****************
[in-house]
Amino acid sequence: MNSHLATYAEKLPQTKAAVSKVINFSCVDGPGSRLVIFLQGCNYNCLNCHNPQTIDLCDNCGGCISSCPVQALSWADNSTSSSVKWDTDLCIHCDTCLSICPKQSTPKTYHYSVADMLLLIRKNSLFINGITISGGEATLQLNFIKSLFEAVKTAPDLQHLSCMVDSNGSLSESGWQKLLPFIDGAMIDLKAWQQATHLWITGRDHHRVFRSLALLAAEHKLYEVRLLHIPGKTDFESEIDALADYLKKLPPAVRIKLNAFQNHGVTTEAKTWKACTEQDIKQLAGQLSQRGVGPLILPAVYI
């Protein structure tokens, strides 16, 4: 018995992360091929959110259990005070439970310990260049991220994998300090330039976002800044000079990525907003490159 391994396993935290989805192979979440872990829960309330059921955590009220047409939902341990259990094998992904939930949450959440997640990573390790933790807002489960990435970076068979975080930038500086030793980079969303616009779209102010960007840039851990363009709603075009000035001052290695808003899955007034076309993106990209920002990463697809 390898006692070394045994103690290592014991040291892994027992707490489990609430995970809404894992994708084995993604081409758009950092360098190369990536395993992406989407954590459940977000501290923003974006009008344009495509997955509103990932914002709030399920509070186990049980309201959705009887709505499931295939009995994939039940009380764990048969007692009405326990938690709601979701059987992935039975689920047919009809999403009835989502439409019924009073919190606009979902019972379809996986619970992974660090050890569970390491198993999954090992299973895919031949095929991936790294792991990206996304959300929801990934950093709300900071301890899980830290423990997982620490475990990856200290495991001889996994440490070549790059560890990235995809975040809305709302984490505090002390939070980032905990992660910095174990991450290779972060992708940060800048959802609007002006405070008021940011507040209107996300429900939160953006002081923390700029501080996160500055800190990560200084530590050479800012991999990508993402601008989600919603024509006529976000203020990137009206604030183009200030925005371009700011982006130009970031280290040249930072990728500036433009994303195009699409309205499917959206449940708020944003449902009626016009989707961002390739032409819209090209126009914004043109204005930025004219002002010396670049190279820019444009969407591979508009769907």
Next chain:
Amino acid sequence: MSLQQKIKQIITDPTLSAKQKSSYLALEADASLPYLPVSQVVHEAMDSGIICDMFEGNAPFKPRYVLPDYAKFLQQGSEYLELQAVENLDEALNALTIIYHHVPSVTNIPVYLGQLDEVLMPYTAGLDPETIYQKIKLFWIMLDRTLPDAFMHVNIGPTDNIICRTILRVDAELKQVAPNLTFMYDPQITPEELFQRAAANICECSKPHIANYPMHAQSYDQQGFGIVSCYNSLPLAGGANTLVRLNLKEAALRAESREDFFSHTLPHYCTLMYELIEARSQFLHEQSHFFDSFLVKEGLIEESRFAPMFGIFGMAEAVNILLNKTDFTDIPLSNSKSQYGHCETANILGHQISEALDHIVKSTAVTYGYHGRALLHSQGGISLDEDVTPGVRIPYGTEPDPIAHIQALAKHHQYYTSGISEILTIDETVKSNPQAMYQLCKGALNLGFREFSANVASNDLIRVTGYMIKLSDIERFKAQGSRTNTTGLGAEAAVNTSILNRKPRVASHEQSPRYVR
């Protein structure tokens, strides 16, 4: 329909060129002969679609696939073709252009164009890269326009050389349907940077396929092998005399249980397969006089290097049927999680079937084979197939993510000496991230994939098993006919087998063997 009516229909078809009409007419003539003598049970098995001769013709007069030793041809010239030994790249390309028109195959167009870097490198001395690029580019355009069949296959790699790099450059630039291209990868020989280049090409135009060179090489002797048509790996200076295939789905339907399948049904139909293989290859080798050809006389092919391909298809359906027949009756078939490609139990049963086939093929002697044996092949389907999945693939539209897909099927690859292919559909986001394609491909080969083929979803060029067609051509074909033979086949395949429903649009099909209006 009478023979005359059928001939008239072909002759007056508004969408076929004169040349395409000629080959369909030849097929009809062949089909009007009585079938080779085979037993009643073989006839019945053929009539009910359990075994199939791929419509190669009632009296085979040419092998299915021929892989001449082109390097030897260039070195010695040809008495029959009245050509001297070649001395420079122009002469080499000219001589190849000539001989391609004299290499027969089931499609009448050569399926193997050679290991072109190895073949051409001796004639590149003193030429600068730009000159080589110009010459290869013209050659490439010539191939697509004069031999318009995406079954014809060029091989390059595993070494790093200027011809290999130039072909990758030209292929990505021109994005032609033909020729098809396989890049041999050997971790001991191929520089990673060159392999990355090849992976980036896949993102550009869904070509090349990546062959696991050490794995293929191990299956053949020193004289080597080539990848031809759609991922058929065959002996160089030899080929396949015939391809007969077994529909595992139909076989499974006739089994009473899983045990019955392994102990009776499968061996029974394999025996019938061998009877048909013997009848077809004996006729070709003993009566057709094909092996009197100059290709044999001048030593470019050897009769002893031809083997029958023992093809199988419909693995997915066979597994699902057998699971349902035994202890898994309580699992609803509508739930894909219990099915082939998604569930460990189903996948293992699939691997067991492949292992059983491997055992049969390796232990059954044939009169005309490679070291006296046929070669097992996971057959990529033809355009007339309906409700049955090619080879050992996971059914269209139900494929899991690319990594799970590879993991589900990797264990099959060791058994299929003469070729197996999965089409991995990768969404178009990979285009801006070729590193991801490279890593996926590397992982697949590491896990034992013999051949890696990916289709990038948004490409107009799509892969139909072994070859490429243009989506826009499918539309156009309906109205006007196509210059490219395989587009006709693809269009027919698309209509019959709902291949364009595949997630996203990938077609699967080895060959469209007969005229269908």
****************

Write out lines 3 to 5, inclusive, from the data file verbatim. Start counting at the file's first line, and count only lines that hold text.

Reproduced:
């Protein structure tokens, strides 16, 4: 018995992360091929959110259990005070439970310990260049991220994998300090330039976002800044000079990525907003490159 391994396993935290989805192979979440872990829960309330059921955590009220047409939902341990259990094998992904939930949450959440997640990573390790933790807002489960990435970076068979975080930038500086030793980079969303616009779209102010960007840039851990363009709603075009000035001052290695808003899955007034076309993106990209920002990463697809 390898006692070394045994103690290592014991040291892994027992707490489990609430995970809404894992994708084995993604081409758009950092360098190369990536395993992406989407954590459940977000501290923003974006009008344009495509997955509103990932914002709030399920509070186990049980309201959705009887709505499931295939009995994939039940009380764990048969007692009405326990938690709601979701059987992935039975689920047919009809999403009835989502439409019924009073919190606009979902019972379809996986619970992974660090050890569970390491198993999954090992299973895919031949095929991936790294792991990206996304959300929801990934950093709300900071301890899980830290423990997982620490475990990856200290495991001889996994440490070549790059560890990235995809975040809305709302984490505090002390939070980032905990992660910095174990991450290779972060992708940060800048959802609007002006405070008021940011507040209107996300429900939160953006002081923390700029501080996160500055800190990560200084530590050479800012991999990508993402601008989600919603024509006529976000203020990137009206604030183009200030925005371009700011982006130009970031280290040249930072990728500036433009994303195009699409309205499917959206449940708020944003449902009626016009989707961002390739032409819209090209126009914004043109204005930025004219002002010396670049190279820019444009969407591979508009769907």
Next chain:
Amino acid sequence: MSLQQKIKQIITDPTLSAKQKSSYLALEADASLPYLPVSQVVHEAMDSGIICDMFEGNAPFKPRYVLPDYAKFLQQGSEYLELQAVENLDEALNALTIIYHHVPSVTNIPVYLGQLDEVLMPYTAGLDPETIYQKIKLFWIMLDRTLPDAFMHVNIGPTDNIICRTILRVDAELKQVAPNLTFMYDPQITPEELFQRAAANICECSKPHIANYPMHAQSYDQQGFGIVSCYNSLPLAGGANTLVRLNLKEAALRAESREDFFSHTLPHYCTLMYELIEARSQFLHEQSHFFDSFLVKEGLIEESRFAPMFGIFGMAEAVNILLNKTDFTDIPLSNSKSQYGHCETANILGHQISEALDHIVKSTAVTYGYHGRALLHSQGGISLDEDVTPGVRIPYGTEPDPIAHIQALAKHHQYYTSGISEILTIDETVKSNPQAMYQLCKGALNLGFREFSANVASNDLIRVTGYMIKLSDIERFKAQGSRTNTTGLGAEAAVNTSILNRKPRVASHEQSPRYVR